+++
The first EJ200 engine has achieved the significant milestone of 1,000 engine flying hours onboard a Royal Air Force (RAF) Eurofighter Typhoon aircraft. Engine EN1030 was the first to be built to the Full Operational Clearance standard at the Rolls-Royce assembly facility in Bristol (UK) and was delivered to the RAF in 2003. Since then it has flown in two Eurofighter Typhoon aircraft in service with 3, 29 and 11 Squadrons, at RAF Coningsby. EN1030 is scheduled to continue flying until 1,200 engine flying hours are achieved, whereupon it will be removed for scheduled maintenance. Achieving 1,000 engine flying hours with an EJ200 production engine, especially without a need for unscheduled maintenance, demonstrates the reliability of this next generation power plant and represents leading-edge technology, including advanced integrated Health Monitoring to deliver class-leading reliability, maintainability and Through Life Cost.
+++
The Airbus Military A330 MRTT (Multi Role Tanker Transport) has completed another major milestone performing successfully a series of dry contacts using the new generation Cobham 905E hose and drogue refuelling pods, located under the wings. The receiver aircraft was a Spanish Air Force F/A-18A+ fighter. The system performed well in hose extension and retraction, and showed good hose response in the contact as well as stability during pre-contact and when connected. This new refuelling pod is a development of the 907E pod already in service with the Canadian and German air forces on their A310 MRTTs. The pods can each deliver up to 420 US gal/min (1600 litres/min) through a 90 ft (27.4 m) hose, and are controlled from a state-of-the-art Fuel Operator Console located in the cockpit.
+++
As of June, Lufthansa Cargo AG is relocating on schedule, its technical stopover point for its cargo flights from Astana (TSE), Kazakhstan, to Krasnoyarsk (KJA) in Russia. The first flight via the new route will be made on 1st June from Tokyo via Krasnoyarsk to Frankfurt. Later, the flights to and from China will be made via Siberia. On completion of the relocation, freight to the previous location of Astana will only be transported aboard flights of Lufthansa Passage. Lufthansa Cargo, however, will continue to have a presence in Kazakhstan with its cargo flights to Almaty. “With the relocation of our operations, we are realizing a long-planned optimization of the routing”, said Carsten Spohr, Chairman of the Executive Board of Lufthansa Cargo. "The new stopover in Krasnoyarsk shortens the flying time to the Far East by an average of about 12 minutes per flight and thus makes a valuable contribution to the further reduction of costs”.  As a result, thanks to the new routing Lufthansa Cargo will use around 2,000 tons of kerosene less per annum.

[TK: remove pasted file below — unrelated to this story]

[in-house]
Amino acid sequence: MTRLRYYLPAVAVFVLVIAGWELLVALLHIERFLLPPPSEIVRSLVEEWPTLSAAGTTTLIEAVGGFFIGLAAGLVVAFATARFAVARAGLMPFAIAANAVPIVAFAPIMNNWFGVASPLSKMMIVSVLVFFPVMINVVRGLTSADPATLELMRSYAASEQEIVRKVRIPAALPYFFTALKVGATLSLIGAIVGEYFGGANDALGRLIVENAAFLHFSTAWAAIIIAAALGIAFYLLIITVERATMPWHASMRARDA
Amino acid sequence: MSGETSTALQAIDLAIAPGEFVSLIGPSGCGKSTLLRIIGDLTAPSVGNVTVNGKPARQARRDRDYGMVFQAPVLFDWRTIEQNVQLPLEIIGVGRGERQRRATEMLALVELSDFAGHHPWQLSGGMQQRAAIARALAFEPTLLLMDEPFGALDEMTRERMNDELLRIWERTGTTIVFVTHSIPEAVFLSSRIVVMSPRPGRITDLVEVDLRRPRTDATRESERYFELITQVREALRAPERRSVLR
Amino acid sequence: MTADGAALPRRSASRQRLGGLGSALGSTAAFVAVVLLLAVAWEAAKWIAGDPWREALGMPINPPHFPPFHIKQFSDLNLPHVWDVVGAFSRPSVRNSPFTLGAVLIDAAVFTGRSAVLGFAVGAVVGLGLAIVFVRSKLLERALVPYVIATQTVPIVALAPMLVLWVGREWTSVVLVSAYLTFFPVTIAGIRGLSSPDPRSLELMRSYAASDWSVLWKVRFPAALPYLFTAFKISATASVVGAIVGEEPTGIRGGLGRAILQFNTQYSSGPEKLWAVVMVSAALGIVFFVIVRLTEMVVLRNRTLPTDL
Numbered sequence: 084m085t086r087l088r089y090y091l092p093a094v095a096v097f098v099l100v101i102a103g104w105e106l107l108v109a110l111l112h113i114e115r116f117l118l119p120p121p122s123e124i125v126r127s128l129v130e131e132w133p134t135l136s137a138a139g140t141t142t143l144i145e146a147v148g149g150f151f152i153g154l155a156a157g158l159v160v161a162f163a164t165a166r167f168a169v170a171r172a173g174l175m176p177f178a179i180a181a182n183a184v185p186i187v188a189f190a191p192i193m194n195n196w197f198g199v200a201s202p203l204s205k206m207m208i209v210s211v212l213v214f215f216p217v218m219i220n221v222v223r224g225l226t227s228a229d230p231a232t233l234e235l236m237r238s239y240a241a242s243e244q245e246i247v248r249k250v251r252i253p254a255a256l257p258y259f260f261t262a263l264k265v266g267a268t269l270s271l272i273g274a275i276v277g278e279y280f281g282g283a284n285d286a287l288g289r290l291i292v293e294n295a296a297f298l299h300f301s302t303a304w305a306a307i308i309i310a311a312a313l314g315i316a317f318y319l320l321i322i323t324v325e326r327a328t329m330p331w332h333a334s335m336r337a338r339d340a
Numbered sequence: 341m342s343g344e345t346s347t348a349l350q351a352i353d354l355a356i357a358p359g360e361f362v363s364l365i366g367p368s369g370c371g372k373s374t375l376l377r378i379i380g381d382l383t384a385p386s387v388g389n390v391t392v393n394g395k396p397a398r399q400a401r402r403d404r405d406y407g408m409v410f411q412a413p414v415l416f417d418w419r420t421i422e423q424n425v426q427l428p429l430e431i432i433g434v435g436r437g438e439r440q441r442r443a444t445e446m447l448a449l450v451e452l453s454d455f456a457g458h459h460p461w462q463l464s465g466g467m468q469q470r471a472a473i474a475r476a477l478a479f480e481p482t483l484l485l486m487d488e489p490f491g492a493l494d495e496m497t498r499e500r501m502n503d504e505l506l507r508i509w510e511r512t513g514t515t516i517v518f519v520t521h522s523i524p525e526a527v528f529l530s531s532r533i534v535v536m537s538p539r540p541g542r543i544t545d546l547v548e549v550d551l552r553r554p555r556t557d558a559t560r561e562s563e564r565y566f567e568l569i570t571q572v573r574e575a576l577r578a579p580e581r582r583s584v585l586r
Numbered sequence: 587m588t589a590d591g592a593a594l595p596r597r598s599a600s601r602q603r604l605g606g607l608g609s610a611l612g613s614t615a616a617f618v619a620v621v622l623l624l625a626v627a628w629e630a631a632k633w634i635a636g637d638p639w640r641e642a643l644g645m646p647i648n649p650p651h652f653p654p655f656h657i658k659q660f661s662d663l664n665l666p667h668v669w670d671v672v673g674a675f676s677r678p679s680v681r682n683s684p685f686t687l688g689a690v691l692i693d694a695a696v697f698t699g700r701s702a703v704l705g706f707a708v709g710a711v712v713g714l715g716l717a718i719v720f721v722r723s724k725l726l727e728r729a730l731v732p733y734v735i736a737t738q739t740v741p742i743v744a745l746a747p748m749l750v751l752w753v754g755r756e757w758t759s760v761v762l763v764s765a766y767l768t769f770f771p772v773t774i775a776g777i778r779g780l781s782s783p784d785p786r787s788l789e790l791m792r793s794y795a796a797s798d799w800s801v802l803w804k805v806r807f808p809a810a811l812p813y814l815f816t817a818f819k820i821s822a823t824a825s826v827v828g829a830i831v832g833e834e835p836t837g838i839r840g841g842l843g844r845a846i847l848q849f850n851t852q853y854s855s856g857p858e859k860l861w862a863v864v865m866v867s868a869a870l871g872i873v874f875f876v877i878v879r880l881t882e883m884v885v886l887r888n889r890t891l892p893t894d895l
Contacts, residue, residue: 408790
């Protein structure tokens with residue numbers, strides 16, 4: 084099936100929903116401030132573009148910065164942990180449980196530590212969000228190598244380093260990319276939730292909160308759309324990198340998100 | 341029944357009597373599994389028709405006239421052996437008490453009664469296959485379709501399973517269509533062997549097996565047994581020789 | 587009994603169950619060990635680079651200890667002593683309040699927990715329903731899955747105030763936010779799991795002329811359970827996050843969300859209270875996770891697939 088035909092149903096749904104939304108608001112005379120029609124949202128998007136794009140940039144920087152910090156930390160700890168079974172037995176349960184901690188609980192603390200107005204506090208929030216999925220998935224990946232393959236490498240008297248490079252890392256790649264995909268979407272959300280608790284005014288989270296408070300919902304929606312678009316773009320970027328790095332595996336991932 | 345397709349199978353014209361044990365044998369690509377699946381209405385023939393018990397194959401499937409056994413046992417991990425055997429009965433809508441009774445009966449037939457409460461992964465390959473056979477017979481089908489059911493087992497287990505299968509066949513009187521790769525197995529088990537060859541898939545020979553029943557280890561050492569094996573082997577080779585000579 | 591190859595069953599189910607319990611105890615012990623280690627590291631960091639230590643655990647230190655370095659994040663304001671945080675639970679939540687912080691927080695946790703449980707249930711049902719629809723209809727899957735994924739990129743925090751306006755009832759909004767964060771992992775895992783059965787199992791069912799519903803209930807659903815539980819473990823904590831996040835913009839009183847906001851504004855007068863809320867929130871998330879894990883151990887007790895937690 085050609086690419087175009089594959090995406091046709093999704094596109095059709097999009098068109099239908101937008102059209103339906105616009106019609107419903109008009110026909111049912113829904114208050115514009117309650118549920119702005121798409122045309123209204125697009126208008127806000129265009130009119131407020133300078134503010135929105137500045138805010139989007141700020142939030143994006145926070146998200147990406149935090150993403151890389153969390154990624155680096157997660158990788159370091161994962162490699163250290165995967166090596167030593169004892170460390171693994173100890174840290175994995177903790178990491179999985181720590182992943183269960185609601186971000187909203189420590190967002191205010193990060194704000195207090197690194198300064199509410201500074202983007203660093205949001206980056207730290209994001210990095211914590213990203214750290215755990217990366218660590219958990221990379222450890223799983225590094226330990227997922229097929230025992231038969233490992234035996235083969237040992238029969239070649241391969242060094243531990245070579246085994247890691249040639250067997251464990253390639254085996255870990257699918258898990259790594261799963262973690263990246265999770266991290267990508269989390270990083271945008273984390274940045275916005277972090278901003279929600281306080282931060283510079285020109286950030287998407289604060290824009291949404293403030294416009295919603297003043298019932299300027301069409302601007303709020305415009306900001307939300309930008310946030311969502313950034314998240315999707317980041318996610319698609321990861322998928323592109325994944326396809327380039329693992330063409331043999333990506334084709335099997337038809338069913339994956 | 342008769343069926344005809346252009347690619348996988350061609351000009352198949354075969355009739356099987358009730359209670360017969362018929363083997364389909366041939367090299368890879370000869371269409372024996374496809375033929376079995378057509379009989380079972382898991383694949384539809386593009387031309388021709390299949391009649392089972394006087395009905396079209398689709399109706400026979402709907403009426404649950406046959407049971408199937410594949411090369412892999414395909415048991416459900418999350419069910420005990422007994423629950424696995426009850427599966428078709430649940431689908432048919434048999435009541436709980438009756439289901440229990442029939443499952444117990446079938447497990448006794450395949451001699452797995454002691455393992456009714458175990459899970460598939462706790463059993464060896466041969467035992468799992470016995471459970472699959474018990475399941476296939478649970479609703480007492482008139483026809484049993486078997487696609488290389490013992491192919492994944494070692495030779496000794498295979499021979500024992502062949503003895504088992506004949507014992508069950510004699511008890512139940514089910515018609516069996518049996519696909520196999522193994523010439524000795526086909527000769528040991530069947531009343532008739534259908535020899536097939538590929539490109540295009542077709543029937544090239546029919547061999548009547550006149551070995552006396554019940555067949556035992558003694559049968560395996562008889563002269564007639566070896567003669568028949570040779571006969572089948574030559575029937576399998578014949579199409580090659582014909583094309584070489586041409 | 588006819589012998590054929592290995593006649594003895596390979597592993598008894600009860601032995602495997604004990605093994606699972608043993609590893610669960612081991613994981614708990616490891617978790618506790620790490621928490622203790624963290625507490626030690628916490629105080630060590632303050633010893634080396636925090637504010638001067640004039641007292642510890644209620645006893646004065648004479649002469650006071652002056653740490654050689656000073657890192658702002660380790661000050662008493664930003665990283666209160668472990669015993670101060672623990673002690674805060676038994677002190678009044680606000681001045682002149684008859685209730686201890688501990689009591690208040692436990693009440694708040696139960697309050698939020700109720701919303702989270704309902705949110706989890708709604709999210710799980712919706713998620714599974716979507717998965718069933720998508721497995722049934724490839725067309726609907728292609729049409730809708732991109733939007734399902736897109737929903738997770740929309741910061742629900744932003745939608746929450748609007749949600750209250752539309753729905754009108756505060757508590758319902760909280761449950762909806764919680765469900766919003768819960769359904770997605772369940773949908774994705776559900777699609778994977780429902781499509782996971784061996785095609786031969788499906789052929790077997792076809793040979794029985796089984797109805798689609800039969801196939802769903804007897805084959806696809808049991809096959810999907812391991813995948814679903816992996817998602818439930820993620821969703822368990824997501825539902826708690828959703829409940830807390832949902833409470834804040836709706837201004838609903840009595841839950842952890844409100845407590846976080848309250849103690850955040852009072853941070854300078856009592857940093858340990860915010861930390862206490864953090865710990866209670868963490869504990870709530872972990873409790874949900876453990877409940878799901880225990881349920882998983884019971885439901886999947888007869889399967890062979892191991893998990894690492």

+++
Lufthansa Cargo AG is continuing to campaign for a practicable night flight regulation at Frankfurt Airport. At the beginning of the hearing before the Higher Administrative Court in Kassel, the Workers' Council of the airfreight company launched an information offensive for the retention of night-time cargo flights. “Frankfurt Airport is one of the most important airfreight hubs in the world thanks to its central geographical location, its outstanding inter-modal networking and its infrastructure which has developed over the long term”, according to Willi Roerig, Chairman of the Central Workers' Council of Lufthansa Cargo. "A ban on night flights would cut the export nation Germany off from the international flows of goods and lead to a relocation of production and logistics companies. As a result, the role of Frankfurt as an international logistics hub, and meanwhile the seventh-largest freight airport in the world, would be seriously threatened”. With an information campaign in the next few weeks, the Workers' Council wants to focus on the concerns of around 3,000 Lufthansa Cargo employees in Germany. This morning on the occasion of the first day of the hearing before the VGH, the Frankfurt Workers' Council members were in Kassel. Roerig: "We want to underline our demands once again here. Freight needs the night. A shutdown of the airport between 23.00 and 05.00 hours would threaten the continued existence of Lufthansa Cargo and put thousands of jobs in our company and at numerous other logistics companies at risk.”
+++